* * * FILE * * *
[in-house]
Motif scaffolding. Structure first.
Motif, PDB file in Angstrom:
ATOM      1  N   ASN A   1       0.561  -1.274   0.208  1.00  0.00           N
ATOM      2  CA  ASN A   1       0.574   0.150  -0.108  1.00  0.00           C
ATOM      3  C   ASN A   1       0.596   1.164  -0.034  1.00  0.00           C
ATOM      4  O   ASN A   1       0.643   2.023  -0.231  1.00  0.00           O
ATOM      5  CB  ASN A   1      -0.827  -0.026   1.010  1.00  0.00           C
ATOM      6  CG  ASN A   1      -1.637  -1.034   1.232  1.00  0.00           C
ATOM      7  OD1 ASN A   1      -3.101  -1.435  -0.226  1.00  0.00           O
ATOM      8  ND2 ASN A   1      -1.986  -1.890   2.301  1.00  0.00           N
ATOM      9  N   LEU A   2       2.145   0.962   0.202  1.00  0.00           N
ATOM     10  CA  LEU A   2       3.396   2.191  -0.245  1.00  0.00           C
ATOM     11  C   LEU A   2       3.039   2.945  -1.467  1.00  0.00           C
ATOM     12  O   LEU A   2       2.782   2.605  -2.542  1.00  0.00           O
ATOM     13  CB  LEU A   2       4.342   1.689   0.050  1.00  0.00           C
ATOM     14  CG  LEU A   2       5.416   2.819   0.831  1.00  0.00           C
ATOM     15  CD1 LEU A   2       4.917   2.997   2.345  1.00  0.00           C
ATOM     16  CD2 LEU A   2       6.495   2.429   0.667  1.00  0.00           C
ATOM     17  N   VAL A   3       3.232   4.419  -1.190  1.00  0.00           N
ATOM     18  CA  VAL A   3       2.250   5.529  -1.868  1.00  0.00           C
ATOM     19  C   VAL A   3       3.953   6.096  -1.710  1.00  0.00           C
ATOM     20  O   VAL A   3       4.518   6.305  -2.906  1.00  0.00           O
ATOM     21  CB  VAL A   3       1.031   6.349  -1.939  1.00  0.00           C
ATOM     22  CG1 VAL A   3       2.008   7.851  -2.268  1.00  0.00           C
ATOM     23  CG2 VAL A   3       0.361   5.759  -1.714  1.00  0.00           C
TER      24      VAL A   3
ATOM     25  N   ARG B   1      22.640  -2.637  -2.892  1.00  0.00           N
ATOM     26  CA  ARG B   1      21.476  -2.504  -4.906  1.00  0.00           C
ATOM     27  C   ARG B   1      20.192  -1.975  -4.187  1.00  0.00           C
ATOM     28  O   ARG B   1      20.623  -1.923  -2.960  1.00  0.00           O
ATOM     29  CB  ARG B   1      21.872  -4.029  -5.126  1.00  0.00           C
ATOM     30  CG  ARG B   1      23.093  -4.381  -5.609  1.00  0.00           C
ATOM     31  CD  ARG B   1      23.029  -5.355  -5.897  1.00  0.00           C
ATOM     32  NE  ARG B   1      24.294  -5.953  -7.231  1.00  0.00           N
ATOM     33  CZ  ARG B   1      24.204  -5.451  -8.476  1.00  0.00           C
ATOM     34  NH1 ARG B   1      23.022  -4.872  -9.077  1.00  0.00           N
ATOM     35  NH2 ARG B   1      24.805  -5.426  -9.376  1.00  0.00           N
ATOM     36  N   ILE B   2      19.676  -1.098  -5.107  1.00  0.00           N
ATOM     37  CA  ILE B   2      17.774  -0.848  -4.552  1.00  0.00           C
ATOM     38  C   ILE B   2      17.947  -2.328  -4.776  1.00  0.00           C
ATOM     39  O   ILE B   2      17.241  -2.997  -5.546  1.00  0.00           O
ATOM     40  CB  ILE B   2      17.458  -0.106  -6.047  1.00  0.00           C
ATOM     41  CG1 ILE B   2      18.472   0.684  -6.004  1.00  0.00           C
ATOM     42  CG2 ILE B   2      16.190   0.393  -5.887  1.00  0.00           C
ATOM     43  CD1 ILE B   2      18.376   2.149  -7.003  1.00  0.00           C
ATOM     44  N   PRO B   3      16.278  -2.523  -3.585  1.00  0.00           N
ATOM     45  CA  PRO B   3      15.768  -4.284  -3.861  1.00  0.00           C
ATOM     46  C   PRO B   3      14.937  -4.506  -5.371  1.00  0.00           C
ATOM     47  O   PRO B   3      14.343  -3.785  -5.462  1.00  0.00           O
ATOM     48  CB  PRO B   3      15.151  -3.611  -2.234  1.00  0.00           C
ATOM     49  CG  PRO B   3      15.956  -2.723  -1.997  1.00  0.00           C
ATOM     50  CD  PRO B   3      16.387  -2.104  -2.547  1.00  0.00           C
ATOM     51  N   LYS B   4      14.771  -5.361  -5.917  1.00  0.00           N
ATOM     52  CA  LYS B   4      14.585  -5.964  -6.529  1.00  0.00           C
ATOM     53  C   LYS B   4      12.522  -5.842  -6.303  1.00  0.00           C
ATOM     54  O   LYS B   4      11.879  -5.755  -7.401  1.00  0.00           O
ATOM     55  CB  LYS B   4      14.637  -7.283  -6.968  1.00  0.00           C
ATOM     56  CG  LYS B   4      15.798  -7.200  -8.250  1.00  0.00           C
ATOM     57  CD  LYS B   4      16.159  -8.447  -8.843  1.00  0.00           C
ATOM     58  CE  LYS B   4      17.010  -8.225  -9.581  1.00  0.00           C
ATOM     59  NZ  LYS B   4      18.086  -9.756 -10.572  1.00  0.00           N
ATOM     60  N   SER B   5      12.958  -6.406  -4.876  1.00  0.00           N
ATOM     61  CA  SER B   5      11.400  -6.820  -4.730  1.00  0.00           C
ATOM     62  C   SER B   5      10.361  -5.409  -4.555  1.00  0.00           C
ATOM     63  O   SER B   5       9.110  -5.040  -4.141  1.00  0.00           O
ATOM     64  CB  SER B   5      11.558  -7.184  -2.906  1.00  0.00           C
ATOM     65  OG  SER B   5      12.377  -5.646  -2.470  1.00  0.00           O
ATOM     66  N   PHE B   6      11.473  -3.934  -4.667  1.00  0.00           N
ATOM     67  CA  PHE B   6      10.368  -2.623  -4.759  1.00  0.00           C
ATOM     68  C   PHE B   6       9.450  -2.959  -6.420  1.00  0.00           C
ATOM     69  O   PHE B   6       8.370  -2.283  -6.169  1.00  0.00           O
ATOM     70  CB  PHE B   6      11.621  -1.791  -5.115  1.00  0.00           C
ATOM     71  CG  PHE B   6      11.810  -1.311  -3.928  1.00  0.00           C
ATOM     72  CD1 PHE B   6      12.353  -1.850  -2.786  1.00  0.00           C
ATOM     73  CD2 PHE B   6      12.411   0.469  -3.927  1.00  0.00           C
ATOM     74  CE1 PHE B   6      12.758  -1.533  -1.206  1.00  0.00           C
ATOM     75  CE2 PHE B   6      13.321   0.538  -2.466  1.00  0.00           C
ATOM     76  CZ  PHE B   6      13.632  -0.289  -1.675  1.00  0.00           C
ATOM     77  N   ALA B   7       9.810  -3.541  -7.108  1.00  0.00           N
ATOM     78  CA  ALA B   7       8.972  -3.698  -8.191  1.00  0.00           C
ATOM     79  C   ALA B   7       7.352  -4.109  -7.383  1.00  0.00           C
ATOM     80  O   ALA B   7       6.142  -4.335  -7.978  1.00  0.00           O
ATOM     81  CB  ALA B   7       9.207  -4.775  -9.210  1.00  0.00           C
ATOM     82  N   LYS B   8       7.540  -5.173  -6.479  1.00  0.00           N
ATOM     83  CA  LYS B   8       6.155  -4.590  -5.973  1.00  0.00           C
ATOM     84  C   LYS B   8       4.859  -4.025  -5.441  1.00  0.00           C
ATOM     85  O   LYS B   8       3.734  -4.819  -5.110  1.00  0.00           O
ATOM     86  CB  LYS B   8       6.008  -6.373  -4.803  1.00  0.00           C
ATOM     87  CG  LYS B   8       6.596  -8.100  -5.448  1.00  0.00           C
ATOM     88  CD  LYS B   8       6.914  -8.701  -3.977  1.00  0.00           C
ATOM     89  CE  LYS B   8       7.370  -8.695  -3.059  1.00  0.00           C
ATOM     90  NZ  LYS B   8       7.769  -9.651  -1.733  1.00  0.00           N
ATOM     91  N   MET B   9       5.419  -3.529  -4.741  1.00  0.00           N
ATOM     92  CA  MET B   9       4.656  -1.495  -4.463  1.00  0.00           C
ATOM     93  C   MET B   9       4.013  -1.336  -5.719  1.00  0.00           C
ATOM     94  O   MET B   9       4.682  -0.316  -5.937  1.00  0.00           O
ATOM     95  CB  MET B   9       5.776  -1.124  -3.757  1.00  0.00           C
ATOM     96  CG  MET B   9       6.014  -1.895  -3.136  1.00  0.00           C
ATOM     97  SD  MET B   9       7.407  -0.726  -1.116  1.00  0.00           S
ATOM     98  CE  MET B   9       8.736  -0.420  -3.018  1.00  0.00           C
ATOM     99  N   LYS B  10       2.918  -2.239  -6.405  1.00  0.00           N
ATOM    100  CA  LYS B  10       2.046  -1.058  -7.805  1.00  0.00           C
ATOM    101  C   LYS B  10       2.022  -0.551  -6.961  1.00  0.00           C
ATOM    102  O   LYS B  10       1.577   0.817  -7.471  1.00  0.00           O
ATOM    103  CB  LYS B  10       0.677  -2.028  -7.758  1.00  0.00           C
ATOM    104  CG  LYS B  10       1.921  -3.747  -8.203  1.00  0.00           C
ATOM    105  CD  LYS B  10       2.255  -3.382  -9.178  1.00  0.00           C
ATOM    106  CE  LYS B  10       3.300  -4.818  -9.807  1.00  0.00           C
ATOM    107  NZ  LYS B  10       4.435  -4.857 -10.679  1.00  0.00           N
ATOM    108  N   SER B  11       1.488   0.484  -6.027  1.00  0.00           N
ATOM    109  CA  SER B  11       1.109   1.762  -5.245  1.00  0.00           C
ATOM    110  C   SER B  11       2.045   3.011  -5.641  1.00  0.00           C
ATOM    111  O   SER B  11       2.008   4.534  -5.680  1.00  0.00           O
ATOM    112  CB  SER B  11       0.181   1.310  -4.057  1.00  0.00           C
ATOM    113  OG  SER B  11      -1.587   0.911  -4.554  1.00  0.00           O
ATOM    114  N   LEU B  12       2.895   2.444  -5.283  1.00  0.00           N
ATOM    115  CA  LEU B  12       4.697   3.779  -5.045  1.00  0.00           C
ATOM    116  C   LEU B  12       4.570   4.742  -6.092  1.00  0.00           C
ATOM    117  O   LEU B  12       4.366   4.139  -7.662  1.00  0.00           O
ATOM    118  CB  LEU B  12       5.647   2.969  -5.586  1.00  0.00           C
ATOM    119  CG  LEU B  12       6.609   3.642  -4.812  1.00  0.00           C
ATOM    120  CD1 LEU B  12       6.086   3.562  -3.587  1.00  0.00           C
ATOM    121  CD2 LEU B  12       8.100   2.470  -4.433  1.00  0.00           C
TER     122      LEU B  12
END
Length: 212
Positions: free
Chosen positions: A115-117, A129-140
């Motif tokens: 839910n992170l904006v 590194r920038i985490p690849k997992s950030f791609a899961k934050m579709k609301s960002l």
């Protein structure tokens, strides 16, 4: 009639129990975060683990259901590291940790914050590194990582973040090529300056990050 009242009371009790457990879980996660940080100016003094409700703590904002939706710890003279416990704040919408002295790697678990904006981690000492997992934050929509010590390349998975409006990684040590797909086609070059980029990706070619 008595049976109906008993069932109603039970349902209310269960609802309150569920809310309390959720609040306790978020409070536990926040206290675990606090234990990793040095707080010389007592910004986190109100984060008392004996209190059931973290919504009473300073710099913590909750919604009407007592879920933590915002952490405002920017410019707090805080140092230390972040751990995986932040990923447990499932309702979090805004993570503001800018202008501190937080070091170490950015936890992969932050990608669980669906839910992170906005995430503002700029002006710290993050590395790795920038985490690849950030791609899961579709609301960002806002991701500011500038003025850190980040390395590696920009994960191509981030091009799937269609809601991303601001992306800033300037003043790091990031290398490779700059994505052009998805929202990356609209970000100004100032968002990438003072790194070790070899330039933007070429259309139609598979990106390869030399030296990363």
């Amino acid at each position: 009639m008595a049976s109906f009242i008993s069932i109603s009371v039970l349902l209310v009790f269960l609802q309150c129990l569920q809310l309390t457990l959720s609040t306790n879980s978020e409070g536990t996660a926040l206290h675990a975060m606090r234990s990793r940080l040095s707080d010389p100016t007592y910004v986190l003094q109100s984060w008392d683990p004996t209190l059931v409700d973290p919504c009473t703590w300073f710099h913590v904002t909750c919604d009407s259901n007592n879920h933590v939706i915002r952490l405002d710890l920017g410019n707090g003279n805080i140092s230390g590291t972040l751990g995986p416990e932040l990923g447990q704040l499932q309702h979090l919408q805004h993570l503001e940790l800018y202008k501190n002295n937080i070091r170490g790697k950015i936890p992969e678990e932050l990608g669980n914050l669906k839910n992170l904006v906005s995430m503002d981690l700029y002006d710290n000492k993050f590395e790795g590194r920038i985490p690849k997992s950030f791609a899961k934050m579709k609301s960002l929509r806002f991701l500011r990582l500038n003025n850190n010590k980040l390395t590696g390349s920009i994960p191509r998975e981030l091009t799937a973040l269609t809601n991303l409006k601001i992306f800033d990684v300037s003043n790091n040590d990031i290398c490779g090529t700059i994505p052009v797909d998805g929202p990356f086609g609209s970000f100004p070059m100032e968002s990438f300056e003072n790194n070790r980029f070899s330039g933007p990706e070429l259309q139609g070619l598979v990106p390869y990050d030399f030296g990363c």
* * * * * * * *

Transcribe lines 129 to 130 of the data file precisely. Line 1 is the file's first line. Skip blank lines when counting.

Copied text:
Chosen positions: A115-117, A129-140
């Motif tokens: 839910n992170l904006v 590194r920038i985490p690849k997992s950030f791609a899961k934050m579709k609301s960002l």